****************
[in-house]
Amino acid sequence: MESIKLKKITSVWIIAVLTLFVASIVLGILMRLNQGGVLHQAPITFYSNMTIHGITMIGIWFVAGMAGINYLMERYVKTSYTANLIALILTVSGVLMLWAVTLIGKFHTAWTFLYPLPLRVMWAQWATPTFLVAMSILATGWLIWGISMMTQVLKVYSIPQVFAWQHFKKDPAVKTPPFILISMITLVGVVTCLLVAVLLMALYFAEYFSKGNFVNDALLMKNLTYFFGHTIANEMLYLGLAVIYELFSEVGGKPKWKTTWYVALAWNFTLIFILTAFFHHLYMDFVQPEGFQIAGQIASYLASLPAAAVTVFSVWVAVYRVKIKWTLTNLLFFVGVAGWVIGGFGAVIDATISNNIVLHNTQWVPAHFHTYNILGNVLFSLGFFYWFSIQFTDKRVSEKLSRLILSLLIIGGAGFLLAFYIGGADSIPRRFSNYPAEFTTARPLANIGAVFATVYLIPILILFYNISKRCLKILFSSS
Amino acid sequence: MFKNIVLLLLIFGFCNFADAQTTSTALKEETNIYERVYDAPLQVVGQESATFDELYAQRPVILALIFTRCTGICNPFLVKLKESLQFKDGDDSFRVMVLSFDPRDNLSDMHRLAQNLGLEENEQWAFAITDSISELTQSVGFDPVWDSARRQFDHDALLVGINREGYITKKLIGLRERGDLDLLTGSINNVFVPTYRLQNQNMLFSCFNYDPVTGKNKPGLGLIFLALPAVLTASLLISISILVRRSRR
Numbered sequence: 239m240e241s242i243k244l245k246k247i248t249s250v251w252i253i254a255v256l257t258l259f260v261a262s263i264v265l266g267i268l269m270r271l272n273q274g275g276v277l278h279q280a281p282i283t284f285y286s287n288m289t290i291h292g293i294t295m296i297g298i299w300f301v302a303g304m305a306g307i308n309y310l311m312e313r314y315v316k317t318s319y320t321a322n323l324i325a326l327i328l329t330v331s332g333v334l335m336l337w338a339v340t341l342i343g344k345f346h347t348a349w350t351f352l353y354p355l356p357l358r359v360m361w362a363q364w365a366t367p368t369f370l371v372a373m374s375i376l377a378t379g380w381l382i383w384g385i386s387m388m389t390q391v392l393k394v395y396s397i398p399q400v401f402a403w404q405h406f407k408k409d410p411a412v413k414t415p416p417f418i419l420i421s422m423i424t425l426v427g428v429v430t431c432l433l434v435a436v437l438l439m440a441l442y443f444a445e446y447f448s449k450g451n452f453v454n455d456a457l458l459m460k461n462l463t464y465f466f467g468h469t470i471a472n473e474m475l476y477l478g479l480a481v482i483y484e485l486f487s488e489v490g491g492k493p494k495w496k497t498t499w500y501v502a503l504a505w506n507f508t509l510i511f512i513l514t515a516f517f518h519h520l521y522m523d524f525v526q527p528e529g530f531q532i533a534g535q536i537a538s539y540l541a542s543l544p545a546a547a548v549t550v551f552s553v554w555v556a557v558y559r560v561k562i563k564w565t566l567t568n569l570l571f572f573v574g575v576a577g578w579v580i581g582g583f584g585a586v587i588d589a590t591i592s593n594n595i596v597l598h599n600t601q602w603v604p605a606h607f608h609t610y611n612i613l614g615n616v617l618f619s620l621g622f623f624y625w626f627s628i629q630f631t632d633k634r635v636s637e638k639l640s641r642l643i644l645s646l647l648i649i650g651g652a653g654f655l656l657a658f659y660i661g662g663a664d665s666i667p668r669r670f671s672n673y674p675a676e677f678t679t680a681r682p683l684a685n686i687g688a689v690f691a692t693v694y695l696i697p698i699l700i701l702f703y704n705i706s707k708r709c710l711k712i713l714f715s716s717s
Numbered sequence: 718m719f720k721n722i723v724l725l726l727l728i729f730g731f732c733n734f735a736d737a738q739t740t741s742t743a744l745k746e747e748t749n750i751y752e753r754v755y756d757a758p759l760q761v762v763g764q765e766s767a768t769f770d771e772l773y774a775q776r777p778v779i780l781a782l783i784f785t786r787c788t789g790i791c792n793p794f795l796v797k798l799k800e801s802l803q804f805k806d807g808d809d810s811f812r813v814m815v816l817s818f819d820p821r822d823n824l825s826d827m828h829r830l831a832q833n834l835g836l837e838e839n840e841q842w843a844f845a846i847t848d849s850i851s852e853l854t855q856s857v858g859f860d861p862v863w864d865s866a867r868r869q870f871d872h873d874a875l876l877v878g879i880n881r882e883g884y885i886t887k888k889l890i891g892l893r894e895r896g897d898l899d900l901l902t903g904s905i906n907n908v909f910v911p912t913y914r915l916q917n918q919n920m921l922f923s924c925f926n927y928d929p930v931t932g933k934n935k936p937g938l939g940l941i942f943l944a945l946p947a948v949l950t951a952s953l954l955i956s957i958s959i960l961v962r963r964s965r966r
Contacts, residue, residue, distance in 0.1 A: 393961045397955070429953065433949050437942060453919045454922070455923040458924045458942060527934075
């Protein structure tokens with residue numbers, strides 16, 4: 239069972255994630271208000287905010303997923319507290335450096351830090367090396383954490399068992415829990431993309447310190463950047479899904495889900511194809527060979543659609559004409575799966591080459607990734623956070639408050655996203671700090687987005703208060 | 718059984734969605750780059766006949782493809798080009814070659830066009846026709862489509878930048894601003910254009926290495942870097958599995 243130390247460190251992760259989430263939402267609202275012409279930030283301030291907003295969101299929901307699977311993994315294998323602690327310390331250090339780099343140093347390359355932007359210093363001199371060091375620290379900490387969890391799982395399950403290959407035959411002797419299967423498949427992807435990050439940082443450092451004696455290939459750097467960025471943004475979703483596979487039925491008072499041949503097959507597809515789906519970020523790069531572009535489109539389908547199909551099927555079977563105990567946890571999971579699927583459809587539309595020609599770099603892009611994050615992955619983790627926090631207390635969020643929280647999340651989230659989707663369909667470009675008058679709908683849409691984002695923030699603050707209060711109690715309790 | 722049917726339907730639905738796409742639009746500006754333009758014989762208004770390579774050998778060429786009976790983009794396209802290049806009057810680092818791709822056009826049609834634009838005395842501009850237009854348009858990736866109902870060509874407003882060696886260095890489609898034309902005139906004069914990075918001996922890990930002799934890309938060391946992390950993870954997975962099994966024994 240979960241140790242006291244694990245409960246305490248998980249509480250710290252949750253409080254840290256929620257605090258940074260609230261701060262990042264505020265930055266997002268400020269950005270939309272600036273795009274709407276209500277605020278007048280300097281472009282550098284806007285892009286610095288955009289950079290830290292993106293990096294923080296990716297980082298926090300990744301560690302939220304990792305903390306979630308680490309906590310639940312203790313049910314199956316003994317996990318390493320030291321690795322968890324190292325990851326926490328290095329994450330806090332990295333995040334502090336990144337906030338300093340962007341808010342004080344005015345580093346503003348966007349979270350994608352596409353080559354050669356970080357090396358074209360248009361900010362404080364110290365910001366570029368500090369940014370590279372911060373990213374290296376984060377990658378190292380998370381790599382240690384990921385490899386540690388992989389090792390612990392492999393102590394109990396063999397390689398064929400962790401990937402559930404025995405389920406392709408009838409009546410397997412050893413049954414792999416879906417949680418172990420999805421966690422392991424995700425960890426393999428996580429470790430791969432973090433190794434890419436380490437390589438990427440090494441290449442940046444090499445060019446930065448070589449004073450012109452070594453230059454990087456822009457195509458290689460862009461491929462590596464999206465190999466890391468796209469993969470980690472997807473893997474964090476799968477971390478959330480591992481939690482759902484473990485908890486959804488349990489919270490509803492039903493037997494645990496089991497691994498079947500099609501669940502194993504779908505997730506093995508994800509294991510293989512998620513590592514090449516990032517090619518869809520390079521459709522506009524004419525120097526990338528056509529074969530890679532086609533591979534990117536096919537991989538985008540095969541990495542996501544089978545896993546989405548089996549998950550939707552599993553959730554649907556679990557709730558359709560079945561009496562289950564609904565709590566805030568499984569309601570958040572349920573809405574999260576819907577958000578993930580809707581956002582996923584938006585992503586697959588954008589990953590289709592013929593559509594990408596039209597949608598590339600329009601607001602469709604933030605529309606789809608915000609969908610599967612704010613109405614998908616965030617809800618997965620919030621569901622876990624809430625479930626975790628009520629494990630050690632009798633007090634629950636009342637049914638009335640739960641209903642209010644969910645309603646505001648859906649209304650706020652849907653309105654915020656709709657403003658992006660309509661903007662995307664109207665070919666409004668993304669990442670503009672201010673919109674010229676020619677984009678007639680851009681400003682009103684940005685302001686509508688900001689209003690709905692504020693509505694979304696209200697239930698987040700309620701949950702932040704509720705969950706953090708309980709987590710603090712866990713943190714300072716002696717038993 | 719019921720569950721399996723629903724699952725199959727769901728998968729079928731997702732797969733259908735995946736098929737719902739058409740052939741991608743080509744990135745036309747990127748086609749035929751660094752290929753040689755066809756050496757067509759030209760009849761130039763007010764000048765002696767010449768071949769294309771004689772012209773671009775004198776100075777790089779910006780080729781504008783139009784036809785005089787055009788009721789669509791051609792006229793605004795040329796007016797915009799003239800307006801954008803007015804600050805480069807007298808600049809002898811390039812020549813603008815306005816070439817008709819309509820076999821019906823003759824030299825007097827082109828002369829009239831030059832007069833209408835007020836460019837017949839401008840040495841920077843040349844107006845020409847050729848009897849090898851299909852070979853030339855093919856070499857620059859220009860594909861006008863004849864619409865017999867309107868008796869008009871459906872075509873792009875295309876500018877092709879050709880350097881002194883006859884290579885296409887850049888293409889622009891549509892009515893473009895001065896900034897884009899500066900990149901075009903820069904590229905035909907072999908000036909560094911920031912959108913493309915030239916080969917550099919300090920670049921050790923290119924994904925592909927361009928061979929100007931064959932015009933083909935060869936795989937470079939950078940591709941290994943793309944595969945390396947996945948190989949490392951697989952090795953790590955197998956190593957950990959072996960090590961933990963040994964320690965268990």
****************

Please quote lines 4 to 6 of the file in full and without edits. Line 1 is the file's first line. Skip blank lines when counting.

Numbered sequence: 239m240e241s242i243k244l245k246k247i248t249s250v251w252i253i254a255v256l257t258l259f260v261a262s263i264v265l266g267i268l269m270r271l272n273q274g275g276v277l278h279q280a281p282i283t284f285y286s287n288m289t290i291h292g293i294t295m296i297g298i299w300f301v302a303g304m305a306g307i308n309y310l311m312e313r314y315v316k317t318s319y320t321a322n323l324i325a326l327i328l329t330v331s332g333v334l335m336l337w338a339v340t341l342i343g344k345f346h347t348a349w350t351f352l353y354p355l356p357l358r359v360m361w362a363q364w365a366t367p368t369f370l371v372a373m374s375i376l377a378t379g380w381l382i383w384g385i386s387m388m389t390q391v392l393k394v395y396s397i398p399q400v401f402a403w404q405h406f407k408k409d410p411a412v413k414t415p416p417f418i419l420i421s422m423i424t425l426v427g428v429v430t431c432l433l434v435a436v437l438l439m440a441l442y443f444a445e446y447f448s449k450g451n452f453v454n455d456a457l458l459m460k461n462l463t464y465f466f467g468h469t470i471a472n473e474m475l476y477l478g479l480a481v482i483y484e485l486f487s488e489v490g491g492k493p494k495w496k497t498t499w500y501v502a503l504a505w506n507f508t509l510i511f512i513l514t515a516f517f518h519h520l521y522m523d524f525v526q527p528e529g530f531q532i533a534g535q536i537a538s539y540l541a542s543l544p545a546a547a548v549t550v551f552s553v554w555v556a557v558y559r560v561k562i563k564w565t566l567t568n569l570l571f572f573v574g575v576a577g578w579v580i581g582g583f584g585a586v587i588d589a590t591i592s593n594n595i596v597l598h599n600t601q602w603v604p605a606h607f608h609t610y611n612i613l614g615n616v617l618f619s620l621g622f623f624y625w626f627s628i629q630f631t632d633k634r635v636s637e638k639l640s641r642l643i644l645s646l647l648i649i650g651g652a653g654f655l656l657a658f659y660i661g662g663a664d665s666i667p668r669r670f671s672n673y674p675a676e677f678t679t680a681r682p683l684a685n686i687g688a689v690f691a692t693v694y695l696i697p698i699l700i701l702f703y704n705i706s707k708r709c710l711k712i713l714f715s716s717s
Numbered sequence: 718m719f720k721n722i723v724l725l726l727l728i729f730g731f732c733n734f735a736d737a738q739t740t741s742t743a744l745k746e747e748t749n750i751y752e753r754v755y756d757a758p759l760q761v762v763g764q765e766s767a768t769f770d771e772l773y774a775q776r777p778v779i780l781a782l783i784f785t786r787c788t789g790i791c792n793p794f795l796v797k798l799k800e801s802l803q804f805k806d807g808d809d810s811f812r813v814m815v816l817s818f819d820p821r822d823n824l825s826d827m828h829r830l831a832q833n834l835g836l837e838e839n840e841q842w843a844f845a846i847t848d849s850i851s852e853l854t855q856s857v858g859f860d861p862v863w864d865s866a867r868r869q870f871d872h873d874a875l876l877v878g879i880n881r882e883g884y885i886t887k888k889l890i891g892l893r894e895r896g897d898l899d900l901l902t903g904s905i906n907n908v909f910v911p912t913y914r915l916q917n918q919n920m921l922f923s924c925f926n927y928d929p930v931t932g933k934n935k936p937g938l939g940l941i942f943l944a945l946p947a948v949l950t951a952s953l954l955i956s957i958s959i960l961v962r963r964s965r966r
Contacts, residue, residue, distance in 0.1 A: 393961045397955070429953065433949050437942060453919045454922070455923040458924045458942060527934075